Pesah 2020, Mystery of Handwashing
Rabbi T’mimah Ickovits
April 1, 2020
Pesah Seder is a much beloved annual Jewish tradition. Jews all over the world gather to commemorate the Exodus from Mitzrayim, most often translated as “Egypt”.
Consider the word, Mitzrayim (מצרים ): A deeper truth is revealed through the letters. Mitzrayim (מצרים ) holds within it the root MeiTzaR (מצר) which means tight, narrow, and suggests constraint. Pesah, then, is a celebration of leaving constraint behind. The ultimate constraint is slavery.
Pesah begins on the full Moon near the Spring Equinox. Equinox points to balance. Daytime and night hours are about equal this time of year. Rabbi Zalman Schachter-Shalomi zt”l, the grandfather of Jewish Renewal, taught that this inherent balance supports self-reflection needed for soul accounting practiced this time of year.
Pesah 2020 is unprecedented in most, if not all, of our lifetimes. Never before has there been a need to NOT convene community seders for Pesah. Coronavirus and the need for social distancing has radically changed day to day living.
In fact, hand washing has taken on a renewed importance because hand washing thoroughly with soap for 20 seconds kills viruses, including the one causing Covid 19. Interestingly, there are two hand washings in the Pesah Seder. The initial handwashing explicitly omits the blessing. The second handwashing is akin to the regular practice done before Jewish meals that include bread.
In order to better understand this let’s consider the blessing invoked for handwashing:
You are the fountain from which blessings come, God Who Is, Was, and Will Be, Our Divinity, Sovereign of the Universe, Who makes us holy through points of access and connects with us by our (actively) taking these hands. Amen
(Adapted from Rabbi Marcia Prager Path of Blessing)
It is a common misconception that this is a blessing for washing hands, yet, that is not what the words mean. “Al Netilat Yadaiim” is most often said prior to blessing and eating a meal including bread. The blessing acknowledges that these hands are on loan, as it were, from the Source of Life. We take them willingly, with awareness of the responsibility.
Washing hands is an act of purification and dedication. It is customary to remain silent between handwashing and saying the blessing on bread, “Hamotzi”. These two steps are part of a single intention to elevate and activate the work of our hands. Handwashing with the blessing sets an intention for the nourishment and subsequent energy received through the meal to provide fuel for Divine Service. The meal is elevated by means of invoking the path of blessing and using G!D’s Name.
There is a Jewish tradition that invites handwashing and the blessing as the first act upon rising in the morning, right after expressing gratitude for awakening from sleep. The first act upon awakening, then, dedicates the day’s work with our hands to G!D.
Let’s consider another time the blessing is omitted when hands are washed. Jewish tradition prohibits invoking the blessing on hands upon leaving a cemetery or when performing Taharah – ritual washing for the deceased.
“Honoring the dead and comforting mourners” are primary Jewish values relating to death. Rabbi Zalman Schachter-Shalomi zt”l taught that death is a tender time for the soul. It is no longer housed in a body and can no longer “do” anything, not even mitzvot; acts connecting to the Holy Presence. Life is finite and there are likely to be regrets related to the finality of missed opportunities. Humans, being imperfect, make mistakes, so regret can be anticipated. It is an act of kindness to refrain from blessing hands acknowledging freedom of choice in front of the newly deceased since they have just lost the ability to do anything, even a mitzvah.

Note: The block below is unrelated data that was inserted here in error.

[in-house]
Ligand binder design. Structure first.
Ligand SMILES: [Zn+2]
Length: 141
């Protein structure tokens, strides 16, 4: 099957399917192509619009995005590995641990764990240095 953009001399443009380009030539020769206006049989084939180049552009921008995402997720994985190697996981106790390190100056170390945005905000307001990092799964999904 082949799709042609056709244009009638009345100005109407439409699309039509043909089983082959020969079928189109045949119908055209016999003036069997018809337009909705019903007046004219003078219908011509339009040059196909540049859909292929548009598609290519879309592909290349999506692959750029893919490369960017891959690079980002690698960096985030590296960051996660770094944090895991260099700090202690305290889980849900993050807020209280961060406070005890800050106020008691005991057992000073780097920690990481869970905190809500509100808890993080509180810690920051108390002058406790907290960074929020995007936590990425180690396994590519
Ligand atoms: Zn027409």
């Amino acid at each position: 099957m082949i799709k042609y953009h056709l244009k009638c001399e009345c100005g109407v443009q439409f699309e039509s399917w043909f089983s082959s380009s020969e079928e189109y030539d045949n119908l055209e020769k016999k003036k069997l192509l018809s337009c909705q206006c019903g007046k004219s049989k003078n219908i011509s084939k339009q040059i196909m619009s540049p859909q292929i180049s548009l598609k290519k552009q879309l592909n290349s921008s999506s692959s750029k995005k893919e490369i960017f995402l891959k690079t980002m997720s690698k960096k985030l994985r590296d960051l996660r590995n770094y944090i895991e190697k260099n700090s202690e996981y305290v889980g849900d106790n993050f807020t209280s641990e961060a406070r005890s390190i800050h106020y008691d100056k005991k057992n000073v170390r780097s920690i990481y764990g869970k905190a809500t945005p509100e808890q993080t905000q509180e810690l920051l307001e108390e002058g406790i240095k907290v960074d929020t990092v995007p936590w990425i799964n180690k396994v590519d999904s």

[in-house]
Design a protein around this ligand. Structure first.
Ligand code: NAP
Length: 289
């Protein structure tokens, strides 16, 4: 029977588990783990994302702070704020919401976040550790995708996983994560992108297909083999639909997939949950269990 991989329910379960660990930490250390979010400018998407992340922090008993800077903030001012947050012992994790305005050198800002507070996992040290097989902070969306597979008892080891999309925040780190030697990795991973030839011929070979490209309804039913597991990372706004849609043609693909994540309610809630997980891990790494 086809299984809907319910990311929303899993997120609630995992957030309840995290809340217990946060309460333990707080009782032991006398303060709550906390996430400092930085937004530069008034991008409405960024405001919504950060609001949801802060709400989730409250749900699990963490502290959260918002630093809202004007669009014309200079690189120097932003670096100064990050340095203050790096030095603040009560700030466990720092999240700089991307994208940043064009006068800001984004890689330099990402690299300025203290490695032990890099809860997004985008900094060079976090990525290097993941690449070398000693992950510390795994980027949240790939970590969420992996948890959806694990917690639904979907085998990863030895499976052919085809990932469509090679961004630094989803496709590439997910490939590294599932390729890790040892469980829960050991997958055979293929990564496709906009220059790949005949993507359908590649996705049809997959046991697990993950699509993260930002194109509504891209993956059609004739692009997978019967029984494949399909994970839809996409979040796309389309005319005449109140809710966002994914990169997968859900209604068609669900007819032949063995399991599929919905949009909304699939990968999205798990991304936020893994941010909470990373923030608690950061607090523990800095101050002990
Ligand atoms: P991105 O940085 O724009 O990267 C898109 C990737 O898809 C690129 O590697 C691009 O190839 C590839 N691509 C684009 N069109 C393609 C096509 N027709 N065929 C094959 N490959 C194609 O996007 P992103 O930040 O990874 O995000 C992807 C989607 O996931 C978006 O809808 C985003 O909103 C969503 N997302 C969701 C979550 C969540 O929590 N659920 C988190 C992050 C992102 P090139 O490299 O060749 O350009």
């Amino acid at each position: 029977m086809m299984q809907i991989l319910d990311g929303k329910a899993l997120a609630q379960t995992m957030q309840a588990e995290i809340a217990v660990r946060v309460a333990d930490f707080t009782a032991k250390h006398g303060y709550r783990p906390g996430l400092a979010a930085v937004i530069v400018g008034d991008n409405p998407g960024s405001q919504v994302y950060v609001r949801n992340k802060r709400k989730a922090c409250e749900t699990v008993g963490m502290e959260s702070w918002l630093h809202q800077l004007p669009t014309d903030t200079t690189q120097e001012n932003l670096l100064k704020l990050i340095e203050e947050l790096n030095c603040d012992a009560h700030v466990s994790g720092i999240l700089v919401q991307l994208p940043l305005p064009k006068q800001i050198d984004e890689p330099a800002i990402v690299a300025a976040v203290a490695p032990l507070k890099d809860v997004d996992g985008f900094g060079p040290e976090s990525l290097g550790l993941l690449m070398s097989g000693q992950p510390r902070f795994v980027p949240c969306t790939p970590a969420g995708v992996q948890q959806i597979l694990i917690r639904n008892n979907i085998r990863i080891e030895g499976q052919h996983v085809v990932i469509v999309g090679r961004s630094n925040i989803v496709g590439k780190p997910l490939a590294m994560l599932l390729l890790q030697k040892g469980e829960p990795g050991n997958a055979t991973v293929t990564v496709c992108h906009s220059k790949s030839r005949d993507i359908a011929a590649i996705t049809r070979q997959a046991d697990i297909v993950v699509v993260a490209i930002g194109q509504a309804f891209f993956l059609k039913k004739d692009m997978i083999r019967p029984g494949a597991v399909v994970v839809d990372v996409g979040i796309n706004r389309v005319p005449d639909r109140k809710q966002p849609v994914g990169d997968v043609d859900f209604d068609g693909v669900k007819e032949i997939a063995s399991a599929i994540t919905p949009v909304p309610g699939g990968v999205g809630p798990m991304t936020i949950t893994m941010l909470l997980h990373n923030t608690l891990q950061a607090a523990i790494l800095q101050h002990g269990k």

Slaves do not have the privilege to choose. A slave does not own anything, even their own hands. Each year, the Haggadah teaches that it is as if we each are personally escaping enslavement from Mitzrayim, “the narrow place”. We are all enslaved in one way or another. Telling the story of the Exodus and embellishing on it what it means in the context of today invokes the move to freedom. It is the act of telling the story that reclaims personal freedom of choice and Exodus from that narrow place.
Handwashing has come into focus as a result of the Covid- 19 pandemic. An ancient practice, it is more important than ever today. We wash hands clean not only for ourselves, but for the benefit of those around us and our spheres.
Seders will be different this year. People are doing seders where they are sheltering. Some will be with immediate family, others will be alone, and many will be participating in virtual sederim.
This year lives are at risk. Earth has been hit by plague. Washing hands completely with soap for 20 seconds is recognized as a reliable means to kill the virus causing Coved 19. Handwashing is now a matter of life or death. We wash to purify. We wash to stay healthy. We wash to mitigate the spread of disease. We wash to stack the deck in favor of life.
Covid 19 is currently spreading through the United States and the world, Never before in my memory has it been a bad idea to gather in community for health reasons, much less the Pesah seder. Containment of the pandemic is a matter of life or death.
Its more important than ever to exercise freedom of choice even though it may be uncomfortable to limit Pesah traditions. Wherever you spend the holidays, elevate the holiday and call in your freedom of choice to contain the virus. Be a part of the solution even if it is challenging. Choose Life and Love. Bless and be blessed.
וִיהִי נֹעַם אֲדֹנָי אֱלֹהֵינוּ עָלֵינוּ. וּמַעֲשֵׂה יָדֵינוּ כּוֹנְנָה עָלֵינוּ. וּמַעֲשֵׂה יָדֵינוּ כּוֹנְנֵהוּ:
May the ease and comfort of Adonai rest upon us. May the actions of our hands direct that pleasantness upon us and may the actions of our hands direct it to the One.
[Photo credit: Chabad]